Reported by market research company Euromonitor International, the global sales of men’s luxury fine jewellery had reached US$5.3 billion in 2017, an increase of 22 percent up from US$4.3 billion in 2012. That may not seem like much comparing with US$31.9 billion sales in the women’s sector in 2017 — but the men’s growth is steady.
Let see what’s trending in the market:
Ring is the hottest item for men ever. According to marketing research company NPD Group, about one third of sales in men’s jewellery was generated from this category in 2017, while 25 percent was driven by necklaces and chains, which are the second most favorite accessories among the globe.
“Men’s rings have become so popular,” said Sue Millar Perry, content director at David Perry & Associates, whom produces custom magazines for top luxury jewellery and watch retailers. “Many men are not used to wearing jewellery,” Ms. Perry said, “so you’re seeing more rings marketed for their ‘comfort fit,’ which means in essence that the ring is crafted so the inside of the band is slightly domed — instead of flat against the skin — to create a fit which is comfier on the finger and easier to squeeze over a knuckle.”
Evan Yurman recently introduced a special ring collection at David Yurman, an international jewellery company found by his parents, where he started a men’s line 14 years ago. “Men don’t have to have what’s basically a gold washer,” he said. His new designs are ridged, fluted, faceted and cabled in signature David Yurman style, which made of titanium, forged carbon, meteorite, black diamonds etc..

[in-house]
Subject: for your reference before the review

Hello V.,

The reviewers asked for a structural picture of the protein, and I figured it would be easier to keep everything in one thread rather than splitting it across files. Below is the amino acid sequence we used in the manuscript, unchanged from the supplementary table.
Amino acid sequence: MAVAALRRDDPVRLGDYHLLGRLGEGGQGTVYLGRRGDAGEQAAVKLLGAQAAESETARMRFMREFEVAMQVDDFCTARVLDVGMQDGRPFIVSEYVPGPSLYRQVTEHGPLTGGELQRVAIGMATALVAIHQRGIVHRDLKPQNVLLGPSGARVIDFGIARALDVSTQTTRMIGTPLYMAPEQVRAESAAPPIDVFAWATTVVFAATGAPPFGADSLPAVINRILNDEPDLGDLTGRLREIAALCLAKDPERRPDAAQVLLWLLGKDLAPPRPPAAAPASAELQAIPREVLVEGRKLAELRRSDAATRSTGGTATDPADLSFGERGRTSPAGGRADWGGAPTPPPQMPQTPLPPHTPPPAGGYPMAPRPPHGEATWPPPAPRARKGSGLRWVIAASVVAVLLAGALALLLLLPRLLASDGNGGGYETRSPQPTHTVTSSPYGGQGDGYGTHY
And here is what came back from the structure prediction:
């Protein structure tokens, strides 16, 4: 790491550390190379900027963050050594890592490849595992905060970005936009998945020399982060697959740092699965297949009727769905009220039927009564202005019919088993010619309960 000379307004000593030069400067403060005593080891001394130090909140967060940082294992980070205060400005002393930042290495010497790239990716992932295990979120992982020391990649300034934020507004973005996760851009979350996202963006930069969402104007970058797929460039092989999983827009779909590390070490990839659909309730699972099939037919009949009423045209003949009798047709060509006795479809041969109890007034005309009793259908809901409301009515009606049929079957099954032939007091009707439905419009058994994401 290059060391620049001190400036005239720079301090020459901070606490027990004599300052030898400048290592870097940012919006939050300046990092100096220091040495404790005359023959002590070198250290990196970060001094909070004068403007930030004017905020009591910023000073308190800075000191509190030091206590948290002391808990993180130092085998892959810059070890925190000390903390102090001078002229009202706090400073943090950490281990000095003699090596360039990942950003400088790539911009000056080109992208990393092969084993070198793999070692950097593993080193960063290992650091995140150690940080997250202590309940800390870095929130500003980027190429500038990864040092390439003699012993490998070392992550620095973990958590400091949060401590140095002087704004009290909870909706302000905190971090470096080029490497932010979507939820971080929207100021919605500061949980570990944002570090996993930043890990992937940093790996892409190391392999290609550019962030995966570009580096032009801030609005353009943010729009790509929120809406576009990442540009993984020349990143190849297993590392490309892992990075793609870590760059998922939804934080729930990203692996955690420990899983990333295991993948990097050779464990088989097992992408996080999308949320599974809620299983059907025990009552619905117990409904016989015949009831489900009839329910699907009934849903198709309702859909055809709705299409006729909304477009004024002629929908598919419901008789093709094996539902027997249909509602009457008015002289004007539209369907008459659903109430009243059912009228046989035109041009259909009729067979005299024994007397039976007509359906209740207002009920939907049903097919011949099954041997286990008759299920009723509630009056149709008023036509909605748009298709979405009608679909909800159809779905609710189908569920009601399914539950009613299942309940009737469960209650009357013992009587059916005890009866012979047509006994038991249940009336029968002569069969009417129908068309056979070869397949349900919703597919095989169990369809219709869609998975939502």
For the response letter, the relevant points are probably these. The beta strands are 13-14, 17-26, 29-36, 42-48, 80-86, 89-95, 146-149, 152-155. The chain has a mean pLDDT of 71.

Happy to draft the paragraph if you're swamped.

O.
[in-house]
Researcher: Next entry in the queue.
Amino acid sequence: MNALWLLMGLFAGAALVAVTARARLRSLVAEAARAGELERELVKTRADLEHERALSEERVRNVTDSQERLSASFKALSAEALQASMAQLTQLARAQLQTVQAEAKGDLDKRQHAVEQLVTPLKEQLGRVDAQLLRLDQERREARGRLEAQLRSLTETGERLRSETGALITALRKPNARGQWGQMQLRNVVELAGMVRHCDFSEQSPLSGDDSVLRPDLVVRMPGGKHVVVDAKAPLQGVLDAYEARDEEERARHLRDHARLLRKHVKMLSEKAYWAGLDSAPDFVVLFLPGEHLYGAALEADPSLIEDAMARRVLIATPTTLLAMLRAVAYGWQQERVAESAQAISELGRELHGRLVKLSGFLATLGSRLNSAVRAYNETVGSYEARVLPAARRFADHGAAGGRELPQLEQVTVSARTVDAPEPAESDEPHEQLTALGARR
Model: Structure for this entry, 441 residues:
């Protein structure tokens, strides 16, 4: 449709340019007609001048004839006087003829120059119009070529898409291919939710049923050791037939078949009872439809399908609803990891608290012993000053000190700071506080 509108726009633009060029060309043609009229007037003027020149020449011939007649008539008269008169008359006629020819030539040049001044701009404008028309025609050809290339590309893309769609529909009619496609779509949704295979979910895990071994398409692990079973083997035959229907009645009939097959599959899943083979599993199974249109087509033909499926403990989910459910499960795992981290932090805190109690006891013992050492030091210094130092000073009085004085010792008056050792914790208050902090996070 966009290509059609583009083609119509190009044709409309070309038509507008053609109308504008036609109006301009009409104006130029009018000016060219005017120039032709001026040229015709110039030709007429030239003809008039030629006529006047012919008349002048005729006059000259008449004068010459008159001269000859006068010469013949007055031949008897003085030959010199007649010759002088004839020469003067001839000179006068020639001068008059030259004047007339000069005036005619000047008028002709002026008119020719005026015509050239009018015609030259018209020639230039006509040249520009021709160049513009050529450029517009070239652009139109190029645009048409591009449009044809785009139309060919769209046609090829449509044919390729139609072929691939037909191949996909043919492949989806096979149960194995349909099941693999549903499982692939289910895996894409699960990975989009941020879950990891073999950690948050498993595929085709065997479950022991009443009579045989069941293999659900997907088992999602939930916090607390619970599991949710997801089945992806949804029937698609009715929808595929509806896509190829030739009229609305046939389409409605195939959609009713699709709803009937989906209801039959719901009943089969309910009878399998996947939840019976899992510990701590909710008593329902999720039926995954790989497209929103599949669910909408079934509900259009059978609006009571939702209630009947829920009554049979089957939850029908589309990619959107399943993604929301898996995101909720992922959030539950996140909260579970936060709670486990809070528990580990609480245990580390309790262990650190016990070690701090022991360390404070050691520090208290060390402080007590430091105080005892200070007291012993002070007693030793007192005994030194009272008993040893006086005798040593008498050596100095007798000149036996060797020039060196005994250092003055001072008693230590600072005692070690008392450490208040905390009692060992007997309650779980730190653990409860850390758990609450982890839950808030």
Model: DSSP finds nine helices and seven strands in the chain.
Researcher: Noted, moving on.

Rings also rule at the influential Dover Street Market stores in London, Tokyo and New York. As talked by Mimi Hoppen, their London-based director of jewellery, the latest jewellery finds turned out to be all about rings. She said she favored “Tom Wood, a Norwegian designer, with signet rings; and The Great Frog, an English brand, with big chunky silver rings. And Castro, an English engraver making rings. And the Tokyo jeweler Natural Instinct with their big, chunky silver carved bracelets and rings.”
In which of the stores is men’s jewellery most popular? “Tokyo is our strongest in men’s jewellery,” Ms. Hoppen said. “They like what is special and different, and they are really fashion aware in terms of style and how to present themselves. The English are slightly more reserved and New York, slightly less adventurous.”
2. Necklaces and Chains
As in fashion, the lines between men’s and women’s jewellery have become increasingly blurred. Maybe one day jewellery will all be unisex. At Dover Street Market, it already seemed to be as every jewellery line Ms. Hoppen singled out was unisex.
Diamonds are also rising in popularity, like the full-pave effect on Mr. Yurman’s most recent DY Dog Tags design. In Paris, the jeweller Alexandre Corrot of Djula said his male customers “are asking for more diamonds” too.
“Some men want a little sparkle,” Ms. Perry of David Perry & Associates added. “Not necessarily high wattage, but at recent shows we saw men’s rings and bracelets accented with black spinels or black diamonds, which offer the kind of subtle dazzle one could wear every day.”
Source: The New York Times (Kathleen Beckett)
Photo Courtesy: Getty Images, Marcy Swingle, Ramsay de Give